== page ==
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Cider & Bacon Baked Beans


Serves eight to ten.

Yields about 2 quarts.

  • 1 lb. dried Great Northern beans
  • 10 oz. thick-cut bacon, medium diced (8 slices)
  • 1 medium onion, chopped
  • 2 cloves garlic, chopped
  • 6 cups lower-salt chicken broth
  • 1-1/2 Tbs. dry mustard
  • 1/4 tsp. freshly grated nutmeg
  • 1/8 tsp. ground cloves
  • Freshly ground black pepper
  • 1 Granny Smith apple, peeled, cored, and small diced (7-1/2 oz.)
  • 1 cup hard apple cider
  • 1/4 cup pure maple syrup
  • 1/4 cup ketchup
  • 2 sprigs fresh marjoram
  • 2 tsp. cider vinegar (optional)
  • Kosher salt

Don't have time to soak the beans overnight?
Put them in a 4-quart saucepan. Add enough cold water to cover by 2 inches and bring just to a boil. Remove from the heat and soak for 2 hours. Drain the beans and continue with the recipe.

Sort through the beans to make sure there are no little stones and then put them in a large bowl or pot. Add enough cold water to cover the beans by 2 inches and let soak overnight. Drain the beans well, tilting the colander instead of shaking it to gently extract the water and protect the beans’ skins.

Position a rack in the center of the oven and heat the oven to 300°F.

Cook the bacon in a 5- to 6-quart Dutch oven over medium-high heat, stirring occasionally, until golden brown, about 8 minutes. Remove the pot from the heat and with a slotted spoon transfer the bacon to a small bowl. Pour off and discard all but 3 Tbs. of the fat.

Set the pot over medium heat and add the onion and garlic. Cook, stirring occasionally, until soft and golden, about 7 minutes. Add the broth, mustard, nutmeg, cloves, and 1 tsp. pepper. Stir to combine. Add the beans and bring just to a simmer over medium-high heat. Cover and bake until the beans are easy to bite into but still a little mealy in texture, 45 to 60 minutes.

Stir in the reserved bacon and the apple, cider, maple syrup, ketchup, and marjoram, and bake, uncovered, until the beans are fully tender, 30 to 60 minutes more. Cool to room temperature, remove the marjoram stems, cover, and refrigerate overnight.

To finish, bring to a simmer, uncovered, over medium heat. Reduce the heat to low and continue to simmer until the sauce is reduced to the consistency of thin gravy, stirring occasionally so the bottom doesn’t burn, 40 to 60 minutes. Stir in the vinegar (if using) and season the beans to taste with salt and pepper.

Serving Suggestions

These slightly sweet and savory beans are great with sausages or roast pork.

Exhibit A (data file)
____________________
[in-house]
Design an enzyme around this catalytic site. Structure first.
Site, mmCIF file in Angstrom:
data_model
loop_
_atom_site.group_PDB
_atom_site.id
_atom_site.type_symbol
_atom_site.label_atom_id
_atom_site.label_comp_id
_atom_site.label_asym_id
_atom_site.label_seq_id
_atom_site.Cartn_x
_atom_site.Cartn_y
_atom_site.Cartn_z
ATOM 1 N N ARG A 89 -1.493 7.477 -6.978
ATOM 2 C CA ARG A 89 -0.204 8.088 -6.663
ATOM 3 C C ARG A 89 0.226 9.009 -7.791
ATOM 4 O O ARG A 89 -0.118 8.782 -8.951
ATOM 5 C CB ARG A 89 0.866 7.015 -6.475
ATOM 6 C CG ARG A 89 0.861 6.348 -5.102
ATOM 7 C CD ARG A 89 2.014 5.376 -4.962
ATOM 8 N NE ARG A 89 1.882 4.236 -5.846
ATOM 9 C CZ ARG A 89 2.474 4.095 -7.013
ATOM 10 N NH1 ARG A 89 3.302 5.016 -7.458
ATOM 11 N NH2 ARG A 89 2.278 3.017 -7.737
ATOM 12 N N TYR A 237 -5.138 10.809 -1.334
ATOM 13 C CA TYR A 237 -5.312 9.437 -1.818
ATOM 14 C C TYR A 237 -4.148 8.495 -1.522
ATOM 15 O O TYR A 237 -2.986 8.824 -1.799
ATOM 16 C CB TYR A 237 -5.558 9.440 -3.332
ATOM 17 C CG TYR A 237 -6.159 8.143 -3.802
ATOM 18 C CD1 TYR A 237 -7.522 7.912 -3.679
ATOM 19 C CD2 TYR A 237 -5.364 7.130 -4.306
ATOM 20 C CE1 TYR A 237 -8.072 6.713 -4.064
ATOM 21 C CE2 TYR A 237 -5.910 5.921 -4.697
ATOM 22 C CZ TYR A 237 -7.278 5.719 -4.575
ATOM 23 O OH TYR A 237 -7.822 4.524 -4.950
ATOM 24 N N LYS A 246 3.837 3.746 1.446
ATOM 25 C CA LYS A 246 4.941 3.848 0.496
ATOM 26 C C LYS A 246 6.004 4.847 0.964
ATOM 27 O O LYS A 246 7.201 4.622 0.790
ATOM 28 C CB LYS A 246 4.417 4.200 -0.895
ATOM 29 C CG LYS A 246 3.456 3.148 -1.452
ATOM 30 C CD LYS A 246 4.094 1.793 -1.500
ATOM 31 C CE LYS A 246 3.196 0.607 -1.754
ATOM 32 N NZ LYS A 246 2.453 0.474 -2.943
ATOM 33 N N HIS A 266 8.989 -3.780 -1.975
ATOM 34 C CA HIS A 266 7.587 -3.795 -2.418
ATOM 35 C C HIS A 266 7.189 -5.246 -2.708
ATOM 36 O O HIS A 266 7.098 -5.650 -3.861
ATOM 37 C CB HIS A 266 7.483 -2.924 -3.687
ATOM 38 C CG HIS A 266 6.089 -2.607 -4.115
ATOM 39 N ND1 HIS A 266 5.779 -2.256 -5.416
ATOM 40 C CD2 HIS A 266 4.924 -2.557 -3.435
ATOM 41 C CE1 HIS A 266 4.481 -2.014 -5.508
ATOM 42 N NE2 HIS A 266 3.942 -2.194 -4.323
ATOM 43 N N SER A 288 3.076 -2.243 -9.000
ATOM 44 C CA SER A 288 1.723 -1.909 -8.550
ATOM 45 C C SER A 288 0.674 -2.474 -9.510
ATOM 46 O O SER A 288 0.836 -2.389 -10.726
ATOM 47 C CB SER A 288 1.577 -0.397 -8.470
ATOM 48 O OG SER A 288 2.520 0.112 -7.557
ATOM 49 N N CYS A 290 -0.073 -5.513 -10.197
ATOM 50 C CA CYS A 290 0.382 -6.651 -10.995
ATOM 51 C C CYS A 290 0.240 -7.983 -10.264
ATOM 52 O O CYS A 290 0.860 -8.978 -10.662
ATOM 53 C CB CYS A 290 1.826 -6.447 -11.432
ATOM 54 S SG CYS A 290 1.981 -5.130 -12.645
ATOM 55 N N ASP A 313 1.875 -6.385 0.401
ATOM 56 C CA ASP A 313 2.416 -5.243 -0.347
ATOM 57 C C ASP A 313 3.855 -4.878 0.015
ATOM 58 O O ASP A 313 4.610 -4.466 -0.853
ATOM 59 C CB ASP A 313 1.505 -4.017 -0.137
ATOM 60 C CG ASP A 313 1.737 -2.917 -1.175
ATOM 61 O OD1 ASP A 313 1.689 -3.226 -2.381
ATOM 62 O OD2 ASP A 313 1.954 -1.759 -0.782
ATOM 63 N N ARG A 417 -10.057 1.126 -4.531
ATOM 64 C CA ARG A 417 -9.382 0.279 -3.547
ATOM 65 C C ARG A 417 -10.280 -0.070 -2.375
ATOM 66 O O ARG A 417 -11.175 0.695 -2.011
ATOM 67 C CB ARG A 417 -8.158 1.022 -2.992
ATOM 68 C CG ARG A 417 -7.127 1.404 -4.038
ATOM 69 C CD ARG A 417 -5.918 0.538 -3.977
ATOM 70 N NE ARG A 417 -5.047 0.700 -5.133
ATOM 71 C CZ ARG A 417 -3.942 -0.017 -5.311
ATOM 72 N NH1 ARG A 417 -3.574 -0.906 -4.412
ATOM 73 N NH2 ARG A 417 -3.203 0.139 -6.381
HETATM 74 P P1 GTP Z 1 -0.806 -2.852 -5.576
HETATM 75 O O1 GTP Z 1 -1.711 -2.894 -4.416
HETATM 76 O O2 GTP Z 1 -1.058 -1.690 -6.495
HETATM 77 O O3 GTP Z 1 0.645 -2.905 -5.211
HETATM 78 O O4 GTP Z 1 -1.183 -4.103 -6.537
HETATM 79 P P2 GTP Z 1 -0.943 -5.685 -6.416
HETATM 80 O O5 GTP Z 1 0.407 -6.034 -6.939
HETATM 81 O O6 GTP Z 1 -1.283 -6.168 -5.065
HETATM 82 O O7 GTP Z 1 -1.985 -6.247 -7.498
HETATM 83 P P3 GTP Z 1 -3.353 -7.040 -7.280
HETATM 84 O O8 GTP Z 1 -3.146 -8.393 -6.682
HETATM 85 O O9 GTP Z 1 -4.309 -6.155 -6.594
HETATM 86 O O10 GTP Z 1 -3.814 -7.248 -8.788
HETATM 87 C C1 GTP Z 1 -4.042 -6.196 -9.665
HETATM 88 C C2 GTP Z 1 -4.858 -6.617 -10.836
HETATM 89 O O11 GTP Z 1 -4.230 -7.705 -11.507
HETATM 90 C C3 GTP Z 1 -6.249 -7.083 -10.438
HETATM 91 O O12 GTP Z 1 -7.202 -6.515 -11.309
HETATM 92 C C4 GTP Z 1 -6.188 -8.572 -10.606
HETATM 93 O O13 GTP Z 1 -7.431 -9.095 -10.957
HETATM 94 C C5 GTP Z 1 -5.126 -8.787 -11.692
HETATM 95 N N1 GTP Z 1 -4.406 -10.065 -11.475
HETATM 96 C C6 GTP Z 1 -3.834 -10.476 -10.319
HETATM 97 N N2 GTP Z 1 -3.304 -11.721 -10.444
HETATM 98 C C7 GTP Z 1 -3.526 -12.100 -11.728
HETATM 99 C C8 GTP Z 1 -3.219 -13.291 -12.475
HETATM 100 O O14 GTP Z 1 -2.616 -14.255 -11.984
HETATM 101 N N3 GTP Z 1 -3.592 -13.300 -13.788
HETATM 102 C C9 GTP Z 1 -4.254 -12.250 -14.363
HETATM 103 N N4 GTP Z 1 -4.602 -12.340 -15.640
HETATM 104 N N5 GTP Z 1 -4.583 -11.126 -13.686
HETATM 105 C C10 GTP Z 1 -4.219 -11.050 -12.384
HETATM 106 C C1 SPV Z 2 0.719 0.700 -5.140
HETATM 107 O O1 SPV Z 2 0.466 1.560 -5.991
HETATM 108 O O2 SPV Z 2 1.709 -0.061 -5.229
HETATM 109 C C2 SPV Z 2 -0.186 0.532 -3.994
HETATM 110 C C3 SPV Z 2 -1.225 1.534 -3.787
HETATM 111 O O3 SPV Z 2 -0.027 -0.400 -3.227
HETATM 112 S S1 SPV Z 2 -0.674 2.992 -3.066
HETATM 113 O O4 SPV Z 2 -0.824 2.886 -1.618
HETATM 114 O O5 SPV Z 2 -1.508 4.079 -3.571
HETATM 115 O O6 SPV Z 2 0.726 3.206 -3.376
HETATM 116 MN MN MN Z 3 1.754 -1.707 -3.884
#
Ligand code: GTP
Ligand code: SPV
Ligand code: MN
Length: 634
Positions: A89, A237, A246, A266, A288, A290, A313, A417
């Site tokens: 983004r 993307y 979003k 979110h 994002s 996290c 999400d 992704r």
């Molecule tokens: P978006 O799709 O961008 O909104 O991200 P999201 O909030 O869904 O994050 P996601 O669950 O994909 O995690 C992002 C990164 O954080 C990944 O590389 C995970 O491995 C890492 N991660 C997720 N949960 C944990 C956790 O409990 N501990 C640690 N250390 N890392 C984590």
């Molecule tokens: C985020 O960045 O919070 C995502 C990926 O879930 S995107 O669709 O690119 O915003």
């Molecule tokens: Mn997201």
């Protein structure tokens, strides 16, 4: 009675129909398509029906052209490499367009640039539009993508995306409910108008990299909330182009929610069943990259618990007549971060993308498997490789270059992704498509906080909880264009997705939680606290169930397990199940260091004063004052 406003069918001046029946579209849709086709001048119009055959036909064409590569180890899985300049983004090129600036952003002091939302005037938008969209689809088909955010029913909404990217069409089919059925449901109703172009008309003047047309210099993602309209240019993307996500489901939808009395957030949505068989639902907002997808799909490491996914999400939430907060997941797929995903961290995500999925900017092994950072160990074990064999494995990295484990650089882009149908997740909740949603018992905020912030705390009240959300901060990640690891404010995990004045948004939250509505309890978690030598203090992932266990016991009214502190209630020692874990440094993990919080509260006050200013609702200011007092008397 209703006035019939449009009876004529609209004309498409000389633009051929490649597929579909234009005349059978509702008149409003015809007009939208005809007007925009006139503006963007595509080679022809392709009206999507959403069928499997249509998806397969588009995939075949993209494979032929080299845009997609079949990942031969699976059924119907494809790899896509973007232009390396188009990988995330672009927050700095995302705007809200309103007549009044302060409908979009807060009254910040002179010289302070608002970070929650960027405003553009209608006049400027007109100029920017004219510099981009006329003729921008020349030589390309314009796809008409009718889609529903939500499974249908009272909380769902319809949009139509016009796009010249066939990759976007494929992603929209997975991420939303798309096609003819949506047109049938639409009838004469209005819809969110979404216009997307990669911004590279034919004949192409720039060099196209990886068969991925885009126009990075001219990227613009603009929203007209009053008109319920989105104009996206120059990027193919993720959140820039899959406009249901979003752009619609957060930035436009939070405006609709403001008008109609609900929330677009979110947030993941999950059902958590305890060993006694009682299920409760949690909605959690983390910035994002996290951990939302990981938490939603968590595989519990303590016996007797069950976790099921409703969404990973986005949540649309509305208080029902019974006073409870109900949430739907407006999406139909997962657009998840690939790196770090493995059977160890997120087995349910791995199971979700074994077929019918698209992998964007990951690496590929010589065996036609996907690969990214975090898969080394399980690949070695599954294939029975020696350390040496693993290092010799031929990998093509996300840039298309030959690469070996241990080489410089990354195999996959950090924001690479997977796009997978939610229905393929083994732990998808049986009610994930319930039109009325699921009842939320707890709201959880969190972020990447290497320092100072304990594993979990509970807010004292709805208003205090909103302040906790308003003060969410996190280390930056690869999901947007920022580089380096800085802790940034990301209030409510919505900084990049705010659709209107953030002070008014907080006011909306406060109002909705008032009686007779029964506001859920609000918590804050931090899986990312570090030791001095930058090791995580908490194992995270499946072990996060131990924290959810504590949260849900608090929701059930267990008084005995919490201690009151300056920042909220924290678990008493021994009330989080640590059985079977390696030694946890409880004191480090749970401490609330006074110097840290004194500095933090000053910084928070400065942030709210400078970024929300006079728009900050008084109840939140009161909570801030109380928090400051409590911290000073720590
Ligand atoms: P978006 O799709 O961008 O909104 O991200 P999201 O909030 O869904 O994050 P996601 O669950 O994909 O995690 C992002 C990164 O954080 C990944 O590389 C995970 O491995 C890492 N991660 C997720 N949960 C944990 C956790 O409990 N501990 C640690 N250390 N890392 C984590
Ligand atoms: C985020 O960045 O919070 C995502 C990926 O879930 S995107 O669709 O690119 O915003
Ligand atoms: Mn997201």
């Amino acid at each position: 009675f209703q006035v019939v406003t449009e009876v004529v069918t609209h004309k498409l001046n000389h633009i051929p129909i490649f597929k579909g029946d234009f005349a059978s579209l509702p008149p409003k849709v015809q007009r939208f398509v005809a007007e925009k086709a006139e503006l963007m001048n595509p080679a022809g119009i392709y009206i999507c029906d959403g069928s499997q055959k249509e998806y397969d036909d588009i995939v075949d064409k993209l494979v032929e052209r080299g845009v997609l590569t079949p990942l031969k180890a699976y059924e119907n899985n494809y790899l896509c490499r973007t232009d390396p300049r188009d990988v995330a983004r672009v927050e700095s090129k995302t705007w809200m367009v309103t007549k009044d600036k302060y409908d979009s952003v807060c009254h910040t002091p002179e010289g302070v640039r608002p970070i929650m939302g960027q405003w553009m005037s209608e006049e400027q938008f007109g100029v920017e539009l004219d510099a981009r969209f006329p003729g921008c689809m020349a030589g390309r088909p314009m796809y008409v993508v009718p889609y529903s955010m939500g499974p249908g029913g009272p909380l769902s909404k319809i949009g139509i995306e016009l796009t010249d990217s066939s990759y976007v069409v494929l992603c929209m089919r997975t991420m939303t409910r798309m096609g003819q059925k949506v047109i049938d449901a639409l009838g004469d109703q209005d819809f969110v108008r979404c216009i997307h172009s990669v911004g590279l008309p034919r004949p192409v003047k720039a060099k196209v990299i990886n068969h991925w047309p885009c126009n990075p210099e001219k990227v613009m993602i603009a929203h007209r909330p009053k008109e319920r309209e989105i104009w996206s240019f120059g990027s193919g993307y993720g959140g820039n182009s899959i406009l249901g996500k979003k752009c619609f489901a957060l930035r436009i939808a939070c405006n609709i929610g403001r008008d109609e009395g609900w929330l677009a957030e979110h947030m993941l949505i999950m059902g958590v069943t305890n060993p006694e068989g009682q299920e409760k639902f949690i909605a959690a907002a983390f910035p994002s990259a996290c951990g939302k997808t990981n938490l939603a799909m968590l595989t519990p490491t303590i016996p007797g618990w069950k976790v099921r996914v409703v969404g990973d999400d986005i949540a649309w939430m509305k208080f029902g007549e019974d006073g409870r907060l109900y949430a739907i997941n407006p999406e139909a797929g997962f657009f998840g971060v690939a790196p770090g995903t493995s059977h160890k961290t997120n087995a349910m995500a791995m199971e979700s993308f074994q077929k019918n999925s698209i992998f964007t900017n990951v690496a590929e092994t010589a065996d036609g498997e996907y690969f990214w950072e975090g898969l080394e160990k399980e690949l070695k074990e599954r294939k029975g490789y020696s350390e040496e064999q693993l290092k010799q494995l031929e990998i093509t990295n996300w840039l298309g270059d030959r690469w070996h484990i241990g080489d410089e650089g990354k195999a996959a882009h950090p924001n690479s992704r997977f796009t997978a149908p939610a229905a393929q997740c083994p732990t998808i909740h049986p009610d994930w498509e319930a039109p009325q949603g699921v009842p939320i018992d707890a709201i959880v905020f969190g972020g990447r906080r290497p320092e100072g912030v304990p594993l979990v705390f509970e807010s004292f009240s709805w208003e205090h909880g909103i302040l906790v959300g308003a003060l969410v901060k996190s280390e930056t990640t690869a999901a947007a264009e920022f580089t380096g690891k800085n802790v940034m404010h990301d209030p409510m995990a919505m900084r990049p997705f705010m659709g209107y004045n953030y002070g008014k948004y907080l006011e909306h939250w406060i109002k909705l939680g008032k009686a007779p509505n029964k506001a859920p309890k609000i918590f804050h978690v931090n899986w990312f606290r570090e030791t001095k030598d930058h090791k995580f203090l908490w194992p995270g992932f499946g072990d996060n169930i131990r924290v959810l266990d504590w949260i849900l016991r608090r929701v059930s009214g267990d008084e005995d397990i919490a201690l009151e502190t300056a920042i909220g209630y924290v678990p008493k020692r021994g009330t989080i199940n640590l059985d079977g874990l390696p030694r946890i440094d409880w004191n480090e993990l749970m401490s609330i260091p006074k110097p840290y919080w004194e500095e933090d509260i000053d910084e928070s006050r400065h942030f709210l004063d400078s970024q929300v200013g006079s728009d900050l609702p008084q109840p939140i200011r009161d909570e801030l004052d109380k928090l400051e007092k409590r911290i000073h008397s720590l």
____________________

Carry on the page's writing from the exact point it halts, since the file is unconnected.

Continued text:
nutrition information (per serving):
Calories (kcal): 260, Fat (kcal): 6, Fat Calories (g): 50, Saturated Fat (g): 2, Protein (g): 16, Monounsaturated Fat (g): 2.5, Carbohydrates (mg): 37, Polyunsaturated Fat (mg): 1, Sodium (g): 470, Cholesterol (g): 10, Fiber (g): 9,

Photo: Scott Phillips

These are excellent! My husband has just pronounced them the best baked beans he has ever eaten. I have made the recipe exactly has written twice with two exceptions. I used Rancho Gordo's Yellow Eye beans the first time and their Alubia Blanca beans the 2nd. I used only 4 cups of chicken broth and cooked the beans to the crisp tender stage the first day. After resting overnight in the frig the broth had thickened considerably. The next day I cooked the beans about another half hour until they were tender and the broth had thickened. These are now our go-to baked bean recipe.

I made these for Easter and they were a huge hit. The flavors are unique and interesting, but if you are looking for a traditional flavor, I would suggest trying another recipe. I do agree that there is too much liquid. I added 4 cans of beans (liquid removed) to a double batch, and thickened the sauce with corn starch. The came out great. Next time I am going to increase the beans by about a third.

Really delicious. I used no salt added canned navy beans. It cooked up in about 30 minutes and was delicious. Definitely a make again.

Love this take on Baked beans. Former reviewers are correct. I cooked these an extra 2 hours and also used 3 apples instead of Apple Cider. I also added a tsp of liquid smoke which always seem to add depth of flavor. a keeper.

I made this recipe exactly as described and found it very tasty, same as the other two Baked Bean recipes by Allison Kreitler. I have a suggestion, though, to make it easier to achieve the desired consistency at the end of the process - if the last 50 - 60 minutes simmering is not sufficient to reduce the liquid: with a ladle, take out as much of the cooking liquid as possible from the baked beans, transfer it to a small sauce pan and reduce it separately over high heat. This way the beans don't get mushy by too much cooking.

I was prepared to have to doctor these beans based on another review, but I followed it as show with no additions and only a few modifications. I did not put in the apple (didn't have one and wasn't making a special trip for one apple), and decreased the liquid amounts a little bit because of previous experience with another recipe that came out soupy. I also did the "quick" method of soaking the beans, and the texture came out fine. I like the flavors, very mellow and slightly sweet and tangy, overall nothing special or exciting, but reliable. I will definitely make these again!

The flavors are simply wrong for baked beans. The pumpkin pie spices detract considerably, and the rich, hearty flavors expected in a baked bean recipe are completely missing.

These were excellent but cooked A LOT longer then the recipe called for. Definitely make the day ahead but prepare for almost double the cooking time or they will be quite runny.

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